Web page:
Do It Yourself – Grape Root Borer Monitoring

— Written By

This afternoon, I’m heading to Duplin County to visit a group of muscadine grape growers and to talk about grape root borer. A few years ago, I posted a step by step to grape root borer monitoring, and in preparation for today’s meeting, I am sharing that information here.

Grape root borer (Vitacea polistiformis (Harris)) is potentially the most significant pest of grapes (both muscadine and Vinfera) in the southeast. Larvae have a 1 to 2 year life cycle, which means that injury, in the form of weakened and dying vines, often does not present for several years. Many of the Vinfera vineyards in the Carolinas and Georgia are reaching the 8 to 10 year mark, the time at which I anticipate grape root borer injury to become more apparent.

Based on observations observations over three years from our grape root borer volunteer monitoring network (GRB*VMN), adult moth activity likely does not begin in North Carolina until early July, so traps should be placed around July 1st in order catch the earliest moth activity. I encourage growers to use either four traps per vineyard, evenly spaced, or one trap per variety block, whichever is greater.

Grape root borer trap components. From left to right: hanger, trap top, trap lid, pheromone container (front), pheromone impregnated septa (packet, front), pesticide kill strip (red, front), and trap bottom (back). Photo: Hannah Burrack

Grape root borer trap components. From left to right: hanger, trap top, trap lid, pheromone container (front), pheromone impregnated septa (packet, front), pesticide kill strip (red, front), and trap bottom (back). Photo: Hannah Burrack

The traps I use are available from Great Lakes IPM* and pheromone lures can be purchased from Arbico-Organics* (*Does not imply endorsement of named vendors over other options.)

Traps should be assembled as follows:

Pesticide strip placed in trap bottom. Photo: Hannah Burrack

Pesticide strip placed in trap bottom. Photo: Hannah Burrack

Pesticide strips are used to kill moths once they enter traps. No pesticide is present outside the traps, and therefore, these traps can be used in organic systems. Pesticide strips should only be handled with protective (preferable nitrile) gloves.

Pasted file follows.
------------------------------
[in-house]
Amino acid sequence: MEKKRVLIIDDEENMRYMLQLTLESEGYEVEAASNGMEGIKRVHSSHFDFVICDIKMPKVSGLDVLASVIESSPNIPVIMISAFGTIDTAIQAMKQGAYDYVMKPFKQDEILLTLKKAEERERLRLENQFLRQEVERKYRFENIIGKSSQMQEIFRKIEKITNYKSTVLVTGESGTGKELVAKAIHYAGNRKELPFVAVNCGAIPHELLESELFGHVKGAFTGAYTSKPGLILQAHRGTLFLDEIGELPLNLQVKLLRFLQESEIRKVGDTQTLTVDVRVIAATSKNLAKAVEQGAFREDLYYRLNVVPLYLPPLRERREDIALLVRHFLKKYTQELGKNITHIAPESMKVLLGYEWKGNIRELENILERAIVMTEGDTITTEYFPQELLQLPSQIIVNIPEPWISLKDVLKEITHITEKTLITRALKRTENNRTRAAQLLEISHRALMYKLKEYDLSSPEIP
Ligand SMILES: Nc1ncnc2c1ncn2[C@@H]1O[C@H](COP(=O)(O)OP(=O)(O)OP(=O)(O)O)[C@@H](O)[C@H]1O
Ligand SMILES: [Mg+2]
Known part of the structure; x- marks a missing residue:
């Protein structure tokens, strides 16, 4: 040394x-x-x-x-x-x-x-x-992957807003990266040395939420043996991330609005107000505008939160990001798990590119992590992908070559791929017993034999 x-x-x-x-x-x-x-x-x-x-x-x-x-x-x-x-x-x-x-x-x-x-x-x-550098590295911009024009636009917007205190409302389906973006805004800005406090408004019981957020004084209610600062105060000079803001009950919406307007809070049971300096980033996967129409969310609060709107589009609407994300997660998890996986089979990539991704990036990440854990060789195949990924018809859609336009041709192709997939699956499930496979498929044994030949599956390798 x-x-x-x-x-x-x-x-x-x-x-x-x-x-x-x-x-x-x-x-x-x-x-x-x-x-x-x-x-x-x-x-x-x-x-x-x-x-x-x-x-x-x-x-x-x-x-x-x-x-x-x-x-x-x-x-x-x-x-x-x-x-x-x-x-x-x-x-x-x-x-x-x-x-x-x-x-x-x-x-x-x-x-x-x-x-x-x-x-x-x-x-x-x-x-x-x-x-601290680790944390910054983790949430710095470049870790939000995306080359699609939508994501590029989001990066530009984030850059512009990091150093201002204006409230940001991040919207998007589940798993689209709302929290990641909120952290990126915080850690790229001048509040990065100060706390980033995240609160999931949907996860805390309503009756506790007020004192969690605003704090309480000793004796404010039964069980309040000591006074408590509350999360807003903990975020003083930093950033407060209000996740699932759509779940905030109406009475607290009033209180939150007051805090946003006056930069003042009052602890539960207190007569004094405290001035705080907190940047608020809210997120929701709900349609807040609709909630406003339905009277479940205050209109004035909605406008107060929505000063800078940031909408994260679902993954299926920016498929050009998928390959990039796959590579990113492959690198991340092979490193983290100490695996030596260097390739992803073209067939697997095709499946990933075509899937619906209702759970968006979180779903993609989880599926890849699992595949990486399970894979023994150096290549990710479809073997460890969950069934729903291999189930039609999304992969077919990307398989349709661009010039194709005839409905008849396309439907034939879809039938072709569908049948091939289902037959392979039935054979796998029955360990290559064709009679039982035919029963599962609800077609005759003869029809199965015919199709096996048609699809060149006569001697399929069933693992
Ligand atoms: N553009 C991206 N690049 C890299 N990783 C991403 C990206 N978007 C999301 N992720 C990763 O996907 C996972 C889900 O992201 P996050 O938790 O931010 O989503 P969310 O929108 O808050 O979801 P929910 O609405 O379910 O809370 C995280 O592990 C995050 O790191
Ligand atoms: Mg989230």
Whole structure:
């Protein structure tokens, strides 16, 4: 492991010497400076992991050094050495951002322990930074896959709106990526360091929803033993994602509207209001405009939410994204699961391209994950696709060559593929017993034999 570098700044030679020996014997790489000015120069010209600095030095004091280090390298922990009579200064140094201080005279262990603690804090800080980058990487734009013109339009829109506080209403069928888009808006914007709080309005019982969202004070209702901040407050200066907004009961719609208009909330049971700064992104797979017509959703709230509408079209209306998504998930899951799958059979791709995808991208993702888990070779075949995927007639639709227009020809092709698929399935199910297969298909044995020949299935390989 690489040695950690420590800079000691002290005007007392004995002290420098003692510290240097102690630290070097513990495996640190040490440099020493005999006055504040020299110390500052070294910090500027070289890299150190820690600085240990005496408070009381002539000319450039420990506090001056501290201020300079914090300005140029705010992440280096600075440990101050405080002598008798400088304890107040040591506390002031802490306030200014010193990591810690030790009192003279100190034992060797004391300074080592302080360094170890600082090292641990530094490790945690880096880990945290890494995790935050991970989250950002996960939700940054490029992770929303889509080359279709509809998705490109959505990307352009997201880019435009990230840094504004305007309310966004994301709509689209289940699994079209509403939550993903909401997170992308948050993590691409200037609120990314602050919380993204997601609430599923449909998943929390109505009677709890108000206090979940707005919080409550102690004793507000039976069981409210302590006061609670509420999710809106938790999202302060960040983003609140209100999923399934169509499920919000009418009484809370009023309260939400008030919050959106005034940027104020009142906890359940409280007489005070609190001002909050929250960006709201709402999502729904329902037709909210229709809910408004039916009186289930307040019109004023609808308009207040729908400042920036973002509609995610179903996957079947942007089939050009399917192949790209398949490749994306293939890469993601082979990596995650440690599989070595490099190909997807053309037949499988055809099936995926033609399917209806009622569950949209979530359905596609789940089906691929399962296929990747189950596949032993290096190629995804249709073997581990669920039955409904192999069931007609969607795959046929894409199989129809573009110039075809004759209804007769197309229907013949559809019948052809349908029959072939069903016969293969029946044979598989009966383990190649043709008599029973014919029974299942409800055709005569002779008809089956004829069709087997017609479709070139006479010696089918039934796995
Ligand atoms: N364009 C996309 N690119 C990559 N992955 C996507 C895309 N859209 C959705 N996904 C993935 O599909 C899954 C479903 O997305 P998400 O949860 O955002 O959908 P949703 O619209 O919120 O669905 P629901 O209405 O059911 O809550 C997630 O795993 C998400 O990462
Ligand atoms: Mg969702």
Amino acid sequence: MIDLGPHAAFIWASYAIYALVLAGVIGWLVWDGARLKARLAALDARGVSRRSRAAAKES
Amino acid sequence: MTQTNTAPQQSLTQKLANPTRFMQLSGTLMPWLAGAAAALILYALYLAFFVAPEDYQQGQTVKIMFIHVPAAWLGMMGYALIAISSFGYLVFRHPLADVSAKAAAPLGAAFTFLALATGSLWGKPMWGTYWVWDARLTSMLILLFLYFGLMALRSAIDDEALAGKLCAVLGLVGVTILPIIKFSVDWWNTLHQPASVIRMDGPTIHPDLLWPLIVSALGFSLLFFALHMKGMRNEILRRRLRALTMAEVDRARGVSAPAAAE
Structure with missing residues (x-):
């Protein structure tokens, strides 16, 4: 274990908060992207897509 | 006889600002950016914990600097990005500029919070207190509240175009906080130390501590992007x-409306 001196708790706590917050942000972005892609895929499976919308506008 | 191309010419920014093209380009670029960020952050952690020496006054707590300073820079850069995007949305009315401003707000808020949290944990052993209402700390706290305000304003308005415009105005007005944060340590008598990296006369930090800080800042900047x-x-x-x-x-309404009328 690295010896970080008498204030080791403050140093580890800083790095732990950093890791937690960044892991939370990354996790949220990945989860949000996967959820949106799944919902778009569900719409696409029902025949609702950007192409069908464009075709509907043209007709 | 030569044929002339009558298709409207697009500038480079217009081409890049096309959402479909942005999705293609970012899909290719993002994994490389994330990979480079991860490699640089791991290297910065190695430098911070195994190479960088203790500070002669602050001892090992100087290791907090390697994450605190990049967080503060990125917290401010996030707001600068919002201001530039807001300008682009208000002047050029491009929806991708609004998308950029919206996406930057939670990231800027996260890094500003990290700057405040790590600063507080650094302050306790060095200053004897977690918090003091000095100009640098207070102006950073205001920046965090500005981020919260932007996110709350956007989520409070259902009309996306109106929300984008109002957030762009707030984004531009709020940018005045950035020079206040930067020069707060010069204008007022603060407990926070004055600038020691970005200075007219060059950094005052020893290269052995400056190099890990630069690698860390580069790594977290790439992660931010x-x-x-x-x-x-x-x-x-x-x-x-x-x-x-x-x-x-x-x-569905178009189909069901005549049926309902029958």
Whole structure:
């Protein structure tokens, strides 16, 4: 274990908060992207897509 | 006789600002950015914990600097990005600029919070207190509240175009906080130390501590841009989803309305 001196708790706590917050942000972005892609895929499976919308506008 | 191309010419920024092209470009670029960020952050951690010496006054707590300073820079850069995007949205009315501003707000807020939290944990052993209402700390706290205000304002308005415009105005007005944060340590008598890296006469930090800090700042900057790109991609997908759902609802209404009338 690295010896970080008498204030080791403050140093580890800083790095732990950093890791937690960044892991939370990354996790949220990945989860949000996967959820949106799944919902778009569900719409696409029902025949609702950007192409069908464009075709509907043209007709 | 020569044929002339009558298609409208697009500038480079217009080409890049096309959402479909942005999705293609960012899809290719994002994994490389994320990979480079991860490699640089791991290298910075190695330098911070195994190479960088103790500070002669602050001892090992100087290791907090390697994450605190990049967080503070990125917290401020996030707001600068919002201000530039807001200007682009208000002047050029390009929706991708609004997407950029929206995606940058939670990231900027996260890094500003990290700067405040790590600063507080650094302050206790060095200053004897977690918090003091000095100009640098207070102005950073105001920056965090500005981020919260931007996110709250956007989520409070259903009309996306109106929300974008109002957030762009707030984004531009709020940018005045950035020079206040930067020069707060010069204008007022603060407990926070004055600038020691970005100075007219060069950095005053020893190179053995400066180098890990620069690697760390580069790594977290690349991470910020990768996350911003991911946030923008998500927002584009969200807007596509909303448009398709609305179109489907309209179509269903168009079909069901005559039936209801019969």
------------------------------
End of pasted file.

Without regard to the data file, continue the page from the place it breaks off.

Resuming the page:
Trap top attached to bottom. Photo: Hannah Burrack

Trap top attached to bottom. Photo: Hannah Burrack

Trap tops snap onto to trap bottoms.

Trap lid added to trap top. Photo: Hannah Burrack

Trap lid added to trap top. Photo: Hannah Burrack

Trap lids keep rain and other debris out of the bottoms.

Grape root borer pheromone impregnated septa. Photo: Hannah Burrack

Grape root borer pheromone impregnated septa. Photo: Hannah Burrack

Grape root borer pheromones (most attractive to male moths) are impregnated onto rubber septa and remain attractive for an entire field season.

Pheromone lure placed in pheromone container. Photo: Hannah Burrack

Pheromone lure placed in pheromone container. Photo: Hannah Burrack

Pheromone lures are placed into lidded containers.

Assembled trap. Photo: Hannah Burrack

Assembled trap. Photo: Hannah Burrack

The pheromone container is inserted in the trap lid and hangs into the trap opening. Moths are attracted to pheromone lures and fall into the trap bottom where they are killed by the pesticide strip. Hangers are attached to trap lids, and traps are hung from canes or trellis wires.

Assembled grape root borer trap with hanger. Photo: Hannah Burrack

Assembled grape root borer trap with hanger. Photo: Hannah Burrack

Traps are checked weekly, and all moths should be removed and counted. Pheromone lures are attractive at a long distance to male moths, and attractive at a short distance to females, so both sexes may be present in traps. Grape root borer moths resemble wasps but differ in that their wings are black and they lack the thin “waist” of wasps. After a few days in the traps, moths may appear darker brown.

Female grape root borer moth one week after collection. Photo: Hannah Burrack

Female grape root borer moth one week after collection. Photo: Hannah Burrack

Female (front) and male (rear) grape root borer moths. Photo: Hannah Burrack

Female (front) and male (rear) grape root borer moths. Photo: Hannah Burrack

While the grape root borer pheromone is relatively specific, it will attract one related species, the squash vine borer. However, these moths are bright orange and black and easily distinguished from grape root borer. Other insects found in traps may include beetles and small brown moths, but these should also be readily distinguishable from grape root borer moths.

Weekly moth captures should be used to determine both presence of grape root borer in your vineyard–we do not necessarily capture them in all grape plantings in North Carolina–and to determine peak activity periods, which will be used to time management activities. Refer to the NC Agricultural Chemicals Manual for management strategies for grape root borer in North Carolina and the Southern Region Small Fruit Consortium muscadine and bunch grape IPM guides for regional recommendations.

More information

Grape root borer postsNC Small Fruit & Specialty Crop IPM

NC Agricultural Chemicals Manual

Muscadine IPM Guide – Southern Region Small Fruit Consortium

Bunch Grape IPM Guide – Southern Region Small Fruit Consortium

Written By

Photo of Hannah Burrack, N.C. Cooperative ExtensionDr. Hannah BurrackAssoc. Professor and Extension Specialist (Berry, Tobacco and Specialty Crops) (919) 513-4344 hannah_burrack@ncsu.eduEntomology and Plant Pathology - NC State University
Updated on Aug 20, 2015
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